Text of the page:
Dallas Theological Seminary
Darrell Bock, executive director of cultural engagement at the Hendricks Center
Dallas Theological Seminary’s Faith, Work, and Economics program included a variety of activities in the 2013-2014 academic year. The program engages business leaders, church members, pastors, and seminary students on issues tied to discipleship, leadership, God, and culture. Its programs reach into Dallas’ alumni network and the public square, spreading these themes beyond the seminary classroom.
Podcasts. We have recorded four, one-hour-long interviews of Greg Forster speaking about the document “Theology that Works,” and we hope to complete this series next year. These podcasts are part of our “The Table” podcast series, posted on the Table website. Our goal has been to provide detailed commentary on this document that will help people grasp its direction and logic.
Chapels and Faculty Meetings. We held two campus-wide chapels on faith, work, and economics as part of this year’s chapel series on cultural engagement. One chapel event was with Forster, and the other featured Scott Rae of Biola University. These 40-minute events began with a short interview, but focused on interaction with student questions. We also hosted two presentations on faith, work, and economics in the seminary’s full-faculty meetings. These interactive events allowed both students and faculty to explore ideas, presenting fresh possibilities for growth.
The Table Conference. The highlight of our program this year was the Table Conference, titled “Your Work: More than a Paycheck,” held at Irving Bible Church on April 4-5. Its prime goal was to challenge the secular-sacred divide in our work. Rae examined the intrinsic value of work in Scripture. Henry Cloud discussed how we should think about our work in ways that lead us to do it well and nurture the soul. Bill Pollard provided a paper on how effective work should generate spiritual capital Tom Nelson covered how churches can teach that work matters, while I gave a broad overview of what Scripture says about work and how it should be done.
A number of themes ran throughout the presentations:
- Work is a part of the call of God, in cooperation with the creation mandate to have dominion over the earth.
- Work is a way to serve others and reflect the character of God.
- Work helps human life flourish, developing our character and virtue, and providing meaning and spiritual capital.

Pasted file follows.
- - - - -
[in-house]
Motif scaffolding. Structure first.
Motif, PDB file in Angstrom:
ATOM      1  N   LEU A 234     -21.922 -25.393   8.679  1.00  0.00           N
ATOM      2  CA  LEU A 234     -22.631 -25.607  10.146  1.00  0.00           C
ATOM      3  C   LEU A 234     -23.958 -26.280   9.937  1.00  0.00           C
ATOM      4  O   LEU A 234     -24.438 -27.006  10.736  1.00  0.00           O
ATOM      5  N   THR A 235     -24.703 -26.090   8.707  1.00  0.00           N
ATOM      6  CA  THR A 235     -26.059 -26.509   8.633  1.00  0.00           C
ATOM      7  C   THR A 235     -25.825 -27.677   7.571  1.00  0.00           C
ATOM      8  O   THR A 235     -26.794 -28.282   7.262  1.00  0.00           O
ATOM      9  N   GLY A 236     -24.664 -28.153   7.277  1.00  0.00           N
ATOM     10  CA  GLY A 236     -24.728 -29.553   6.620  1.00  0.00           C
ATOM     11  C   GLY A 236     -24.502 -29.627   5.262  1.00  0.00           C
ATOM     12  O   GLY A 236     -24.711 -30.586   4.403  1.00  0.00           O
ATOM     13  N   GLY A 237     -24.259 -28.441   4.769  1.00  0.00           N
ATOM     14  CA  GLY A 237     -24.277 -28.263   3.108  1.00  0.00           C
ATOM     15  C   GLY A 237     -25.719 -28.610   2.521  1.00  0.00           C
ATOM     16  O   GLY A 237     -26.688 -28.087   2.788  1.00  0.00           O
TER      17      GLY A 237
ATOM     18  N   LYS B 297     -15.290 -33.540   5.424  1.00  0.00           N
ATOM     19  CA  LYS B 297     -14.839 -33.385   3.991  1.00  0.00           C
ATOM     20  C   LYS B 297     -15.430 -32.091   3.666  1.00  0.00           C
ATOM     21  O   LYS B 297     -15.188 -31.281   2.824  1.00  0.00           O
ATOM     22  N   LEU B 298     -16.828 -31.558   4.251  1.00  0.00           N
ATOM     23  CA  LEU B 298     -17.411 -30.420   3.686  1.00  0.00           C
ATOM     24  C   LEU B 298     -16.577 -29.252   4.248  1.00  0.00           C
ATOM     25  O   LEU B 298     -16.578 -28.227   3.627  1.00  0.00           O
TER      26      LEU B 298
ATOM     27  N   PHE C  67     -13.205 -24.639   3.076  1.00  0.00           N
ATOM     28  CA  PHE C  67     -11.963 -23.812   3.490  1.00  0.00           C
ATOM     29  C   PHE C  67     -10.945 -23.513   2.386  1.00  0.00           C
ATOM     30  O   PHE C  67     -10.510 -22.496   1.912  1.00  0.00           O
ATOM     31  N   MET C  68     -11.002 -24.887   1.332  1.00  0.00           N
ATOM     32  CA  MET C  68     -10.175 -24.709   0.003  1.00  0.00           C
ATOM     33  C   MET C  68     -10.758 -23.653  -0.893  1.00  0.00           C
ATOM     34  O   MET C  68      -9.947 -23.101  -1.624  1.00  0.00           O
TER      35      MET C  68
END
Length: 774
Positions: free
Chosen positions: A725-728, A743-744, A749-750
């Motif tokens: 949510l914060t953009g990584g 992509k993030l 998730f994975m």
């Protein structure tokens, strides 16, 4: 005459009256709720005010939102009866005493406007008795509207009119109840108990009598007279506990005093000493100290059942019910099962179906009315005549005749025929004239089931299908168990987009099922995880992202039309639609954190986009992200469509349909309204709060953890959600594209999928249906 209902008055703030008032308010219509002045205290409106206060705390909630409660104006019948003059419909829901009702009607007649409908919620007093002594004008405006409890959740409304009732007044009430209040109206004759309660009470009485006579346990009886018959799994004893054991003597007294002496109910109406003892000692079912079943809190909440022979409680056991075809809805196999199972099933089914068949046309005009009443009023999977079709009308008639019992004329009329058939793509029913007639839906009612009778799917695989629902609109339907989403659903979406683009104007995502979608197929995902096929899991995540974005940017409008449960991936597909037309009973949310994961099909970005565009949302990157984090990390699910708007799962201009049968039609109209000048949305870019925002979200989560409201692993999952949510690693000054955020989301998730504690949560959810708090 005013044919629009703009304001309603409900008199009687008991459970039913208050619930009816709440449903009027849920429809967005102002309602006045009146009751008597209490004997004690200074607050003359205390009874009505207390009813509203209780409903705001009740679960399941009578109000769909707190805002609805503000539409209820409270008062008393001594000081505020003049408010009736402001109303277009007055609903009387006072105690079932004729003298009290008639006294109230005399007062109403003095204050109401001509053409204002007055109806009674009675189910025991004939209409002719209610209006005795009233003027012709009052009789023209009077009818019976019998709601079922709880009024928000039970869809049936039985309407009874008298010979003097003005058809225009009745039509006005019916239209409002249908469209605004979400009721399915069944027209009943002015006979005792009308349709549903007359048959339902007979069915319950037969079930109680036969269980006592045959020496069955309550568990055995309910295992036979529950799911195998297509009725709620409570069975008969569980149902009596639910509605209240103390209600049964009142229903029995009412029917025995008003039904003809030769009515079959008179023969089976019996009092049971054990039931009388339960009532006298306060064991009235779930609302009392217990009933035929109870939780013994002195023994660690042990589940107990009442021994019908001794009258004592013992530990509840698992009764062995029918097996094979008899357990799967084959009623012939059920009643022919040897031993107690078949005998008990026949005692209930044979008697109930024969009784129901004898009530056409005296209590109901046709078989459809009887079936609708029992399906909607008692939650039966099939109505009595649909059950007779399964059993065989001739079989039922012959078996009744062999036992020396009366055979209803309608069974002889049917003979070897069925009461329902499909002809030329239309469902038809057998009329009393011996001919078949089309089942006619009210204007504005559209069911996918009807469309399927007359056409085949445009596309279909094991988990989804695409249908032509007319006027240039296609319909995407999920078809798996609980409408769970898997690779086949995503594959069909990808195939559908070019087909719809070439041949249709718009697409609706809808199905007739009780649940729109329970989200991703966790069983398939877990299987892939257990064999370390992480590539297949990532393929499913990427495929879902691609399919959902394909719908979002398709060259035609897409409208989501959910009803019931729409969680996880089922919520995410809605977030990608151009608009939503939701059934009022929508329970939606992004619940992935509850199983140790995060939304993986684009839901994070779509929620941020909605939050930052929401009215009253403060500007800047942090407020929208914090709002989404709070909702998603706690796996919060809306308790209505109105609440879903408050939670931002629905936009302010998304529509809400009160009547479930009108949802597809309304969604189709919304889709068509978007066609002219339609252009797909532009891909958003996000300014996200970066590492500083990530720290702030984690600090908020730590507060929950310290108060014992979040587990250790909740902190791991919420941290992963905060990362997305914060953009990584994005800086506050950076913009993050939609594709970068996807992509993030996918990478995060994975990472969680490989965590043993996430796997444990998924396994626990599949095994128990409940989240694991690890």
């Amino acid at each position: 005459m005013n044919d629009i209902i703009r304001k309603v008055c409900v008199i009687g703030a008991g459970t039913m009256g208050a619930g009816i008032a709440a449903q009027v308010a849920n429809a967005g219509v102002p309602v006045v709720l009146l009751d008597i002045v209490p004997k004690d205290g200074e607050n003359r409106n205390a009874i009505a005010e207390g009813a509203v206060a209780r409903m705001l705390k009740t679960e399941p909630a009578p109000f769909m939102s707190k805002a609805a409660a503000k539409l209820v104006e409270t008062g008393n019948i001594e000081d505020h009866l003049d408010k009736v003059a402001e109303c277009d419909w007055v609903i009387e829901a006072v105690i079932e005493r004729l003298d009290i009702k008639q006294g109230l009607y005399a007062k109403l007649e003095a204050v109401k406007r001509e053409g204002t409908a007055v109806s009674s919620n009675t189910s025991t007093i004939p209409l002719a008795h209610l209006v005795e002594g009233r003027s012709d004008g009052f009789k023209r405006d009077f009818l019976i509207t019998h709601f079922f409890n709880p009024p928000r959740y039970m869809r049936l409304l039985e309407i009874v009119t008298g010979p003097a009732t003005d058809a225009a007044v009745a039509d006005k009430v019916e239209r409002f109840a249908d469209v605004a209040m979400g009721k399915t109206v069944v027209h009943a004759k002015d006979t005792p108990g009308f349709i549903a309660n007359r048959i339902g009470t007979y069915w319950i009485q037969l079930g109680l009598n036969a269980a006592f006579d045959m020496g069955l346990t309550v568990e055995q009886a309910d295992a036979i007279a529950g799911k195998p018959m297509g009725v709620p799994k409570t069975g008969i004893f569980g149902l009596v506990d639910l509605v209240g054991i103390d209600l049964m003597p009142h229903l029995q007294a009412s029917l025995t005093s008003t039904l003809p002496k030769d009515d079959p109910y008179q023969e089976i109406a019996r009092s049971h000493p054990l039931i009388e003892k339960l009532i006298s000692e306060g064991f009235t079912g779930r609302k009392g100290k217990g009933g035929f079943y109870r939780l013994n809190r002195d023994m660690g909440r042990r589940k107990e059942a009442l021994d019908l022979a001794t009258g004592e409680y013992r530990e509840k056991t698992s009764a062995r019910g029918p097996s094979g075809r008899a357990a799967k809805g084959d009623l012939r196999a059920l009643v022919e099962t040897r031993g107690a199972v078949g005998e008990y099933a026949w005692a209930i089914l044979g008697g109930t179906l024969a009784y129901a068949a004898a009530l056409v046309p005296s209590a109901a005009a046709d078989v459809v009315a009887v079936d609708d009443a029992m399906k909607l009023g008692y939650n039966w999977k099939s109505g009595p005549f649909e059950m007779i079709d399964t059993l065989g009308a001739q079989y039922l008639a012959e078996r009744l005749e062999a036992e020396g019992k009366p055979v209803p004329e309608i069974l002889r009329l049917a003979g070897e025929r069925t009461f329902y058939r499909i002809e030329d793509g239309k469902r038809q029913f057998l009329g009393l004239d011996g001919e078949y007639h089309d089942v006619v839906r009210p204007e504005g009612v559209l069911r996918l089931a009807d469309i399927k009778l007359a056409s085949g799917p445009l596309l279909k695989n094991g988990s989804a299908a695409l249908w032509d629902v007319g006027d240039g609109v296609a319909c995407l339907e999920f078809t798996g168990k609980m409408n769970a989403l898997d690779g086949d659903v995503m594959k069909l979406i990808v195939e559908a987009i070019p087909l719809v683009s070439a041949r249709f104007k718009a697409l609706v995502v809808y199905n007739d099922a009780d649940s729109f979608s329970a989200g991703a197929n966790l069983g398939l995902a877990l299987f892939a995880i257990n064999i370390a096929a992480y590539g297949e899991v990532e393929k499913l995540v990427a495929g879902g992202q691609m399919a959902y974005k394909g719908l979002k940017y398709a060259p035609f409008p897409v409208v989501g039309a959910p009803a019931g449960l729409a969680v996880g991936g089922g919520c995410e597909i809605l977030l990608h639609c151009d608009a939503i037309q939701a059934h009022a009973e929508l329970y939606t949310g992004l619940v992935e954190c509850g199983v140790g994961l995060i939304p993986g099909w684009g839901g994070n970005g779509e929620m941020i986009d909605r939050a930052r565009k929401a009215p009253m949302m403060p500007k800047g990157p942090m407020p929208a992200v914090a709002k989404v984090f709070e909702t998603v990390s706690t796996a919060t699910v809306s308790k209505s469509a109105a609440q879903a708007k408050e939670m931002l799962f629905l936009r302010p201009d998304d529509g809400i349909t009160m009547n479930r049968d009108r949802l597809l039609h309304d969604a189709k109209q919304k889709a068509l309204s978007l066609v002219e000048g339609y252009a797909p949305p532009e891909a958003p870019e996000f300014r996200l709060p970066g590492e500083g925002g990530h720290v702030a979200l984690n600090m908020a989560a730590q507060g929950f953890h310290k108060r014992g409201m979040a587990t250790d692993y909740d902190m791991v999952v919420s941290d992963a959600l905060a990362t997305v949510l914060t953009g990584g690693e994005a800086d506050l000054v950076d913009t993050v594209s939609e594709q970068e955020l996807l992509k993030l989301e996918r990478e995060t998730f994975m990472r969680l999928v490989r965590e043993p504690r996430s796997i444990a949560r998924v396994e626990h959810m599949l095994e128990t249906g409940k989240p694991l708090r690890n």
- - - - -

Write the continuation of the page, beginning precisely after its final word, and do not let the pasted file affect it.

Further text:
- Work builds monetary capital that we can use to help those in need share in the activities of creation and service.
There was very practical discussion of how to effectively bring these themes to the local church, as well as how to create the space for such discussion in both sermons and a church’s overall teaching program.
Numerous workshops were led by the plenary speakers, as well as by Bill Peel of Le Tourneau University and Bill Hendricks of the Giftedness Center. We also showed episode one of the Acton Institute’s new For the Life of the World video series. This stunning visual presentation of the call to stewardship in creation impressed the attendees.
The conference engaged over 100 people this year, but we are working on plans to continue our growth. Our marketing for the conference brought our message about work to a much wider audience than ever before, and included interviews on two nationally syndicated radio programs, the Janet Mefford Show and Kerby Anderson’s Point of View. In upcoming years, we hope to take the conference around the country. We plan to start in Los Angeles in 2015, in partnership with Biola University and its Talbot School of Theology.
Results. The program has challenged students, laypeople, and pastors to consider how they discuss work in their ministries, and has engendered much campus discussion of the topic. The entire effort has opened many eyes on campus and in the Christian community to the importance of the relationship between faith and work. It has helped people see how one can treat the 9-to-5 part of the weekday as an integral part of the life of faith. We are grateful for the opportunity to start filling what has been a hole in our overall curricular program. Our sense has been that our focus on extracurricular opportunities has allowed the ideas to penetrate across our entire community more effectively than if we had selectively focused on classes and majors.